Kansas State spent much of the season battling to position itself for an NCAA Tournament berth, and the Wildcats insist they aren’t done fighting that fight.
Even though most experts believe K-State’s postseason prospects are relatively secure following Saturday’s 77-67 win against Baylor, the Wildcats view this week’s Big 12 Tournament as important because it’s an opportunity to improve their standing for the NCAA field. The quest begins at 11:30 a.m. Thursday when the No. 4 seed Wildcats (21-10, 10-8 Big 12) play No. 5 TCU (21-10, 9-9) at Sprint Center in Kansas City, Mo.
“Trying to get that win, it’ll be huge for us,” junior guard Barry Brown said. “Then trying to get two and then three, trying to come out on top, that’ll put us in a great spot when tournament time comes.”
While the Wildcats are projected to make the NCAA’s 68-team bracket, few would consider their current position great. Bracketmatrix.com, the composite NCAA seeding website, still lists K-State as a 10-seed. That aligns with the latest brackets released by Jerry Palm of CBS Sports and Joe Lunardi of ESPN, both of whom list K-State as a No. 10 playing No. 7 Seton Hall, although Palm lists the Wildcats in the Midwest Region and Lunardi has them in the South.
Brown noted that he has studied some of the bracketology, but he also was well aware of another key fact — that TCU has the second-highest RPI ranking in the Big 12, behind only Kansas (5). The Horned Frogs enter their quarterfinal clash against K-State with a RPI of 20.
In other words, a win against the Horned Frogs would carry significant weight with the NCAA selection committee because it was would be K-State’s fourth Quadrant 1 victory of the season. A semifinal win would prove even more impactful provided the Wildcats face top-seeded KU, which must first survive the Oklahoma State-Oklahoma winner.
“If you win a few games or win the whole thing, obviously it’s got to help you a little bit,” K-State coach Bruce Weber said. “I don’t know if it can jump you astronomical spots, but we’re playing TCU, the second-best RPI team in our league. Then what happens that next night you might have another high-RPI game. It could jump (you) and solidify a little bit with committee members that, hey, we are good.”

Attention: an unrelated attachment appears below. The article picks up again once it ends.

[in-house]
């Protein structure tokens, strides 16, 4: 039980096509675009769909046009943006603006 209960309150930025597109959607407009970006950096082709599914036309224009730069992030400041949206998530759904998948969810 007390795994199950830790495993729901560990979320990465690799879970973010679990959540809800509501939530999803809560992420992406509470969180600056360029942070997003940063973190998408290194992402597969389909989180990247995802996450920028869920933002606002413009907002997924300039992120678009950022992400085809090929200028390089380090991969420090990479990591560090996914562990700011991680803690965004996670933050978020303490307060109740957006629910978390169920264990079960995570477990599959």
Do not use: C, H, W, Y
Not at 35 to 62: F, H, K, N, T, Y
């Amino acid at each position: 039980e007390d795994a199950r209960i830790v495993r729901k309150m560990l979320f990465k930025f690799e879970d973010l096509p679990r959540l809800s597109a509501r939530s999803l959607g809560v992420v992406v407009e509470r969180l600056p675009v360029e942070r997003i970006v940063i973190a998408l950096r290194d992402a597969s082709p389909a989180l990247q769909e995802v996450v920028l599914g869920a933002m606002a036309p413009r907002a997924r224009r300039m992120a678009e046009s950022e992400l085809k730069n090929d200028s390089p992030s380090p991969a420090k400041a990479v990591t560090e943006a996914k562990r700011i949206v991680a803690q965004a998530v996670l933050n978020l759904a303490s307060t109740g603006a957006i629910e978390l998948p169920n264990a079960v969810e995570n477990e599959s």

Junior forward Dean Wade echoed many of the thoughts shared by Brown and Weber, saying wins this week would be “huge” in helping the team polish its postseason resume. But Wade also said success is important for a simpler reason.
“This is the biggest tournament we’re playing in right now,” he said. “I don’t think a K-State team has won a Big 12 Tournament championship, so it would be a great honor if we could do that.”
The 6-foot-10 forward from St. John clearly has done his homework. Not only have the Wildcats never won the Big 12 tourney, they haven’t experienced a great deal of success in the championship.
The Wildcats are 13-21 at the event and have advanced to the championship game only twice, losing to rival KU both times (2010 and 2013). The only other time K-State won multiple tournament games came in 1999 when their run again was stopped by the Jayhawks, that time in the semifinal round.
Recent history also would appear to work against K-State. While the Wildcats placed alone in fourth this conference season, they failed to beat any of the teams that finished above them, going 0-2 against KU, No. 2 Texas Tech and No. 3 West Virginia. The Wildcats split with TCU and Oklahoma.
Whether history is on his side or not, Weber believes his squad is more than capable of making a strong run, especially considering K-State features the Big 12′s second-best defense (67.5 points per game) and two of the league’s top six scorers in Wade (16.7 points) and Brown (16.6).
“One, we have some pretty good players,” Weber said. “Two, we have a coaching staff that has put a lot of time in and got the guys to buy into scouting reports and things. I think our defense makes a difference, gives you a chance.
“Balance is probably one of the biggest keys for us. When they’re all cooking and playing, we’re pretty good.”